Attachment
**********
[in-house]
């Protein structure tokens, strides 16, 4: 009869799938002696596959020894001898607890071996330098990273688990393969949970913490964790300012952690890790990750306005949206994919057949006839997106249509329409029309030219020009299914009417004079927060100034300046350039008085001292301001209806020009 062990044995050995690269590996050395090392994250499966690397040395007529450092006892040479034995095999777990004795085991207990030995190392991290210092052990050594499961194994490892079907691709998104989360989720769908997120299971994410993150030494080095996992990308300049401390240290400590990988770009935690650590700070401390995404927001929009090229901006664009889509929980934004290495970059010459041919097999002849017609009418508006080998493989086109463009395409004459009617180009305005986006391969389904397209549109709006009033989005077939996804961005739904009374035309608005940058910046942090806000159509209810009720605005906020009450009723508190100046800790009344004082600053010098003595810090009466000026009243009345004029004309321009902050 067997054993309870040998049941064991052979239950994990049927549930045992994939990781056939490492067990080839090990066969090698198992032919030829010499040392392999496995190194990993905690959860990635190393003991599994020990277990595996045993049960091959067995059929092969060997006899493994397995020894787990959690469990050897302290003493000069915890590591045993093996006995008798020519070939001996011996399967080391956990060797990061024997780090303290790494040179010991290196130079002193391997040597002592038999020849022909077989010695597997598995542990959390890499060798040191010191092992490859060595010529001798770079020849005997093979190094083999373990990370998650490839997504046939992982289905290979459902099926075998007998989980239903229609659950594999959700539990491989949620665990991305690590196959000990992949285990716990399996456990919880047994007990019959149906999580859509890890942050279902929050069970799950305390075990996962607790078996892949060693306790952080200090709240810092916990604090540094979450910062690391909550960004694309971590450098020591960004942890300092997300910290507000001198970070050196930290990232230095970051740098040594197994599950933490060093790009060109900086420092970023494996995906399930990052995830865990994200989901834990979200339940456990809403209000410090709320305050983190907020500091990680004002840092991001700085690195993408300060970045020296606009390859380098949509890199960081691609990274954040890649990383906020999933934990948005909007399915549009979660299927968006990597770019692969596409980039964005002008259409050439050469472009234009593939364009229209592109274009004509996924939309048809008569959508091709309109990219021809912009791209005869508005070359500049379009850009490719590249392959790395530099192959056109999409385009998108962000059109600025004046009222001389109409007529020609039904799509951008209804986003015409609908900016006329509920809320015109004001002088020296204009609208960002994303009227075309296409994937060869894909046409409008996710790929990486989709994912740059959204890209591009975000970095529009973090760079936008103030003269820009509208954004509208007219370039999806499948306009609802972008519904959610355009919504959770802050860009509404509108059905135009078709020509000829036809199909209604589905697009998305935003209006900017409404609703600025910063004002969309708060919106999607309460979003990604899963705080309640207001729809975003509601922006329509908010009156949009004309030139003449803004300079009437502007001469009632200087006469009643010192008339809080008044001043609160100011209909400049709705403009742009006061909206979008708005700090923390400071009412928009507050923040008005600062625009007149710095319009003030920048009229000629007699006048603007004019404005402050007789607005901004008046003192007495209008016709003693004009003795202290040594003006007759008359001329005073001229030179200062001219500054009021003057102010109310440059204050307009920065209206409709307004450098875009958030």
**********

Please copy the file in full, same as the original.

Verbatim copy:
[in-house]
């Protein structure tokens, strides 16, 4: 009869799938002696596959020894001898607890071996330098990273688990393969949970913490964790300012952690890790990750306005949206994919057949006839997106249509329409029309030219020009299914009417004079927060100034300046350039008085001292301001209806020009 062990044995050995690269590996050395090392994250499966690397040395007529450092006892040479034995095999777990004795085991207990030995190392991290210092052990050594499961194994490892079907691709998104989360989720769908997120299971994410993150030494080095996992990308300049401390240290400590990988770009935690650590700070401390995404927001929009090229901006664009889509929980934004290495970059010459041919097999002849017609009418508006080998493989086109463009395409004459009617180009305005986006391969389904397209549109709006009033989005077939996804961005739904009374035309608005940058910046942090806000159509209810009720605005906020009450009723508190100046800790009344004082600053010098003595810090009466000026009243009345004029004309321009902050 067997054993309870040998049941064991052979239950994990049927549930045992994939990781056939490492067990080839090990066969090698198992032919030829010499040392392999496995190194990993905690959860990635190393003991599994020990277990595996045993049960091959067995059929092969060997006899493994397995020894787990959690469990050897302290003493000069915890590591045993093996006995008798020519070939001996011996399967080391956990060797990061024997780090303290790494040179010991290196130079002193391997040597002592038999020849022909077989010695597997598995542990959390890499060798040191010191092992490859060595010529001798770079020849005997093979190094083999373990990370998650490839997504046939992982289905290979459902099926075998007998989980239903229609659950594999959700539990491989949620665990991305690590196959000990992949285990716990399996456990919880047994007990019959149906999580859509890890942050279902929050069970799950305390075990996962607790078996892949060693306790952080200090709240810092916990604090540094979450910062690391909550960004694309971590450098020591960004942890300092997300910290507000001198970070050196930290990232230095970051740098040594197994599950933490060093790009060109900086420092970023494996995906399930990052995830865990994200989901834990979200339940456990809403209000410090709320305050983190907020500091990680004002840092991001700085690195993408300060970045020296606009390859380098949509890199960081691609990274954040890649990383906020999933934990948005909007399915549009979660299927968006990597770019692969596409980039964005002008259409050439050469472009234009593939364009229209592109274009004509996924939309048809008569959508091709309109990219021809912009791209005869508005070359500049379009850009490719590249392959790395530099192959056109999409385009998108962000059109600025004046009222001389109409007529020609039904799509951008209804986003015409609908900016006329509920809320015109004001002088020296204009609208960002994303009227075309296409994937060869894909046409409008996710790929990486989709994912740059959204890209591009975000970095529009973090760079936008103030003269820009509208954004509208007219370039999806499948306009609802972008519904959610355009919504959770802050860009509404509108059905135009078709020509000829036809199909209604589905697009998305935003209006900017409404609703600025910063004002969309708060919106999607309460979003990604899963705080309640207001729809975003509601922006329509908010009156949009004309030139003449803004300079009437502007001469009632200087006469009643010192008339809080008044001043609160100011209909400049709705403009742009006061909206979008708005700090923390400071009412928009507050923040008005600062625009007149710095319009003030920048009229000629007699006048603007004019404005402050007789607005901004008046003192007495209008016709003693004009003795202290040594003006007759008359001329005073001229030179200062001219500054009021003057102010109310440059204050307009920065209206409709307004450098875009958030």